While we can state fairly conclusively that “scare them straight” types of campaigns have historically worked poorly in reducing harm, these new educational efforts combined with relatable messaging could hold some promise.

The funding structure and emphasis on donated resources by some of the biggest tech corporations also holds promise.

For once, the powerful algorithms that seem to be driving so much of today’s online media traffic and economy are said to be targeting one of the nation’s biggest health problems.

Yet, no matter how optimistic the prospects of the campaign, we should remember that there remains a number of unanswered questions. To the people of Appalachia, some are more interesting than others.

How will the modern, 21st century online-based campaign overcome the connectivity problems across Appalachia? Is the knowledge gap the true problem in poverty-stricken communities, where the black market for the opioids serves as a source of supplemental income?

Last, but not least, when asked during the briefing about the choice of the age range of 18-24 as a target audience, Koval said that the choice was driven by Truth Initiative’s experience and pre-built trust among young adults. “We chose to focus on the group that we know […] It’s an audience that trusts us, that we have relevance with, credibility, and where we can create impact.”

That leaves large swaths of affected populations out of the campaign’s reach, often ones that — in sheer numbers — suffer the greatest loss of life due to the crisis.

According to CDC data, death rates due to drug overdoses are the highest among 35-44 and 44-54 age groups.

Here’s data accompanying the graph.

The promised scope of the campaign and the partnerships it managed to secure are impressive. Let’s hope the impact will be equally so.

An Epidemic in Appalachia

As Opioid Crisis Affects A New Generation, Experts Study Long-Term Effects Of Prenatal Exposure

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A Univ. of Kentucky researchers' images of infants with NAS symptoms. Photo: Via Ohio Valley ReSource

Sue Meeks has worked with children for years as a registered nurse.

Meeks manages the family navigator program at Ohio University Heritage College of Osteopathic Medicine in Athens, Ohio.

Several years ago, she started noticing three and four-year-olds coming into the program with certain distinctive behaviors.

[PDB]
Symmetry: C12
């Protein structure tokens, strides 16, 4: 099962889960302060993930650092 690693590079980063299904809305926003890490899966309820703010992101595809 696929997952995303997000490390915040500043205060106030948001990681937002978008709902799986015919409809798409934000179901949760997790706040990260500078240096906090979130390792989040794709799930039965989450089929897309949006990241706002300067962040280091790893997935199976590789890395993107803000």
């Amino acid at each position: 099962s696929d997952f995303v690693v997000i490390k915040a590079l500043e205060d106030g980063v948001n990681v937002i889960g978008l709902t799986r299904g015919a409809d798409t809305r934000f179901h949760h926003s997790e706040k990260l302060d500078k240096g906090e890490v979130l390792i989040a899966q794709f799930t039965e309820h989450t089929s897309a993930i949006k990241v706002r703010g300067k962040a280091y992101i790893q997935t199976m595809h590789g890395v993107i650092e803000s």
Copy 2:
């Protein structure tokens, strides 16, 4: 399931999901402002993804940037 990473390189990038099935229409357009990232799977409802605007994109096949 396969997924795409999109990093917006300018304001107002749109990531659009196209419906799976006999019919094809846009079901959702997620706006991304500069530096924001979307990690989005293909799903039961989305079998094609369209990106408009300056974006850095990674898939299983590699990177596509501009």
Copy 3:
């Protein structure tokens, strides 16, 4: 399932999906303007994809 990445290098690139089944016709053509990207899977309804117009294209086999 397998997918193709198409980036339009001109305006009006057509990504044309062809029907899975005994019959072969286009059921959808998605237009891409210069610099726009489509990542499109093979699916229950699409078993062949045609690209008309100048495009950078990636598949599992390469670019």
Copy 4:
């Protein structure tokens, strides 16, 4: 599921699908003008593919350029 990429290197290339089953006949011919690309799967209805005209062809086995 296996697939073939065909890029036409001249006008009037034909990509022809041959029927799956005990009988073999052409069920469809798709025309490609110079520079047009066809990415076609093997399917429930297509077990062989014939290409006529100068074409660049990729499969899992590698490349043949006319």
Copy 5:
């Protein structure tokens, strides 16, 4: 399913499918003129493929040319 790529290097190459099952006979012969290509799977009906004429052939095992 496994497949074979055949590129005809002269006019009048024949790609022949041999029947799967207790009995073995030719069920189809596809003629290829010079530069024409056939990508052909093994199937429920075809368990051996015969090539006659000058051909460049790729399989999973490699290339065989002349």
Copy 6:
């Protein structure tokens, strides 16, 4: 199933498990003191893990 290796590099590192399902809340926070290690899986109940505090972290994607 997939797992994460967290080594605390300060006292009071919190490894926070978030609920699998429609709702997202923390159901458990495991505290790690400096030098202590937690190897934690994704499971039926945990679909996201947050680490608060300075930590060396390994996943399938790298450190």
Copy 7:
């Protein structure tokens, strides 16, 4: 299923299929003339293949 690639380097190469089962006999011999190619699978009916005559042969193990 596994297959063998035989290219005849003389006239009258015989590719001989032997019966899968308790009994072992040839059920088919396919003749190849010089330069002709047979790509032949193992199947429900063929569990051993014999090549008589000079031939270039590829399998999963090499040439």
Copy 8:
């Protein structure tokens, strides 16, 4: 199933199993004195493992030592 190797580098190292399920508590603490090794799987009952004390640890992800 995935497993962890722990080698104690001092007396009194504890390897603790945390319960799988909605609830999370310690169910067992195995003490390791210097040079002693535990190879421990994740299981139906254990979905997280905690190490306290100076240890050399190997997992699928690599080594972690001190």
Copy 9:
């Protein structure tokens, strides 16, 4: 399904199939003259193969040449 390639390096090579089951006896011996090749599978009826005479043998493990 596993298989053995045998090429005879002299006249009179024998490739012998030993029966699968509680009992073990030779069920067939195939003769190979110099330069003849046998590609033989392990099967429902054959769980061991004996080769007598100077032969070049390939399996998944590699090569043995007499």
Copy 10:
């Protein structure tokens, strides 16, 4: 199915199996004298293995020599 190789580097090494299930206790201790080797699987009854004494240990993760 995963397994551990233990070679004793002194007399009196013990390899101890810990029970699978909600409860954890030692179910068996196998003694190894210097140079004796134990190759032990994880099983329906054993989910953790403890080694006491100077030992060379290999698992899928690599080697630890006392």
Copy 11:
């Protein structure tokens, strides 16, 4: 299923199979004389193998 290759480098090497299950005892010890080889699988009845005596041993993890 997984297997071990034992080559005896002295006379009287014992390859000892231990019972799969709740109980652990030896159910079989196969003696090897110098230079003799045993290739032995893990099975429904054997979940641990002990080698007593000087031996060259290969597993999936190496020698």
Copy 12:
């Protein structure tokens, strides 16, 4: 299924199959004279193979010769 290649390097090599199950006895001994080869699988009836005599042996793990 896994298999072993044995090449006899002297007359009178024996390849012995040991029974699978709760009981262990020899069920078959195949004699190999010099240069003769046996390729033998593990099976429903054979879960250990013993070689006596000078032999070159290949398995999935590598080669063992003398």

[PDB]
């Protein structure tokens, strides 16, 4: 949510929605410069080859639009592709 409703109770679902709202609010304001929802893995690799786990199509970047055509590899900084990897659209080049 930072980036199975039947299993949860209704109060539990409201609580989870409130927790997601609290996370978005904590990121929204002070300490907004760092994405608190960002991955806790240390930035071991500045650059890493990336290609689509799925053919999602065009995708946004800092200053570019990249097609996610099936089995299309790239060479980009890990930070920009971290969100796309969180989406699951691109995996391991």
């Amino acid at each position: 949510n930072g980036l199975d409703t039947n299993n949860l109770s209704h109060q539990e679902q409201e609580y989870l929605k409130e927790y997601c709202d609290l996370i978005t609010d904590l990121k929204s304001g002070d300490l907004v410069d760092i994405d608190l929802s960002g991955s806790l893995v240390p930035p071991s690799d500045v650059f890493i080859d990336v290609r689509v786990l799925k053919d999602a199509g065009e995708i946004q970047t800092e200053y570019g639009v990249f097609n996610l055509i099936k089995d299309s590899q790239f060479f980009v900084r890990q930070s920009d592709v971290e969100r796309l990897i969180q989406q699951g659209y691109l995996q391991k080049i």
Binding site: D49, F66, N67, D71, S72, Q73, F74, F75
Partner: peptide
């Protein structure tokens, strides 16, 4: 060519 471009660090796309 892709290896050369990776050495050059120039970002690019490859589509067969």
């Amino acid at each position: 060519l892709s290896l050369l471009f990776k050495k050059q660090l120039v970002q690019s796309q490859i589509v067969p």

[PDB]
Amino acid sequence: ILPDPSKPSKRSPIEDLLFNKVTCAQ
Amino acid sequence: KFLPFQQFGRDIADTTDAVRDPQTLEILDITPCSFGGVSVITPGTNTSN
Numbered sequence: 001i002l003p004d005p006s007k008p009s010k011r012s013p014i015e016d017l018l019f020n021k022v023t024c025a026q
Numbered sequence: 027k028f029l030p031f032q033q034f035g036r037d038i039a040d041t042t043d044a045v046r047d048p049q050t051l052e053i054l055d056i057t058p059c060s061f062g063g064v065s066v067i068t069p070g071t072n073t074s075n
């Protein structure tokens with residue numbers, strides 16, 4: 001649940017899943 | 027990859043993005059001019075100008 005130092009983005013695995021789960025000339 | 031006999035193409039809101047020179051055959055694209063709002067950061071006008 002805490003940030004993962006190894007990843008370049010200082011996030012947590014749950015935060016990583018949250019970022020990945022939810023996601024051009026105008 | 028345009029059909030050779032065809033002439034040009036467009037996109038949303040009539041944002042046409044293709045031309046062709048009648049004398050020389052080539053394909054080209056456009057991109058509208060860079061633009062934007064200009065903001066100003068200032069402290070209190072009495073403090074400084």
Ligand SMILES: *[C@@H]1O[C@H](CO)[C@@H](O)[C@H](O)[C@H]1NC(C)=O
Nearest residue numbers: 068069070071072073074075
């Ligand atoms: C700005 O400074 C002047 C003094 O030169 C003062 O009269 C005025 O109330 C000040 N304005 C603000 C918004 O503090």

“Children that appear to be neurologically very overstimulated,” she said. “They often aren’t social in your typical way. They don’t respond to trying to calm them or trying to divert their attention to something else, laughing with them, or getting a response from reading.”

She saw delays in language and motor development. The symptoms did not line up with the typical presentation of autism or ADHD for children of that age.

But there was a common denominator: exposure to drugs in the womb.

Neonatal Abstinence Syndrome, or NAS, is the result of severe in-utero drug exposure. It has hit the Ohio Valley hard with more than 16,000 babies affected over the past five years in Kentucky, Ohio, and West Virginia.

West Virginia, for example, has one of the highest rates in the nation with more than 5 percent of babies born diagnosed with NAS in 2017.

Specialists rushed to help these children when they were born. Advancements in treatment have helped relieve withdrawal symptoms for both mother and baby. Now researchers are turning attention to the potential long-term effects. Researchers especially want to better understand how NAS affects the ability to learn so that parents, schools, and communities are prepared to help these children reach their developmental milestones.

Complicated Problem

“It’s a multi-pronged mystery that I’m not sure that we will ever totally solve,” Meeks said.

The research can become complicated because not every child exposed to substances in the womb is diagnosed with NAS, and the severity of NAS symptoms varies from child to child.

Health experts can’t say for sure if developmental delays can be attributed to drug exposure, other factors, or genetics.

“There are many children in our general population that have [neurological disorders],” Meeks said. “So how much can you attribute to the drug use and how much was going to be there anyway?”

Ohio University and Nationwide Children’s Hospital operate an NAS clinic in Athens, Ohio, to research how often NAS causes long-term effects, and also how different drugs affect development.